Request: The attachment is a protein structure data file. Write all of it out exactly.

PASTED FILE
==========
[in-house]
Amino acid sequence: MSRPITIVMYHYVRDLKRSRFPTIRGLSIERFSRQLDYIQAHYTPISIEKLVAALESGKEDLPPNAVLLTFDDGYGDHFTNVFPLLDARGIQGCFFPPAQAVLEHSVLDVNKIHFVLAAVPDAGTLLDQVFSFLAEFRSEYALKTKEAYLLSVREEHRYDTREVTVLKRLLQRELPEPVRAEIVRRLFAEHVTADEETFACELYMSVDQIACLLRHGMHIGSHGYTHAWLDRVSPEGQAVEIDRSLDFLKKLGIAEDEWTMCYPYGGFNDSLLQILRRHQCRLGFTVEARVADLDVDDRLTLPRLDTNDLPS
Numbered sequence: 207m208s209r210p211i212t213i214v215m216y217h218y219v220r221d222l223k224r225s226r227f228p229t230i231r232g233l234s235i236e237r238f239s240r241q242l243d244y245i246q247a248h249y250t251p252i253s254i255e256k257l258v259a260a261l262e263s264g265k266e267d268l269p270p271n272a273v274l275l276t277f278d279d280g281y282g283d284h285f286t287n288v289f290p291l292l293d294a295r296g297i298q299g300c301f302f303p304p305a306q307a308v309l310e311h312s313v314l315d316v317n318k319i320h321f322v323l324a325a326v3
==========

[in-house]
Amino acid sequence: MSRPITIVMYHYVRDLKRSRFPTIRGLSIERFSRQLDYIQAHYTPISIEKLVAALESGKEDLPPNAVLLTFDDGYGDHFTNVFPLLDARGIQGCFFPPAQAVLEHSVLDVNKIHFVLAAVPDAGTLLDQVFSFLAEFRSEYALKTKEAYLLSVREEHRYDTREVTVLKRLLQRELPEPVRAEIVRRLFAEHVTADEETFACELYMSVDQIACLLRHGMHIGSHGYTHAWLDRVSPEGQAVEIDRSLDFLKKLGIAEDEWTMCYPYGGFNDSLLQILRRHQCRLGFTVEARVADLDVDDRLTLPRLDTNDLPS
Numbered sequence: 207m208s209r210p211i212t213i214v215m216y217h218y219v220r221d222l223k224r225s226r227f228p229t230i231r232g233l234s235i236e237r238f239s240r241q242l243d244y245i246q247a248h249y250t251p252i253s254i255e256k257l258v259a260a261l262e263s264g265k266e267d268l269p270p271n272a273v274l275l276t277f278d279d280g281y282g283d284h285f286t287n288v289f290p291l292l293d294a295r296g297i298q299g300c301f302f303p304p305a306q307a308v309l310e311h312s313v314l315d316v317n318k319i320h321f322v323l324a325a326v3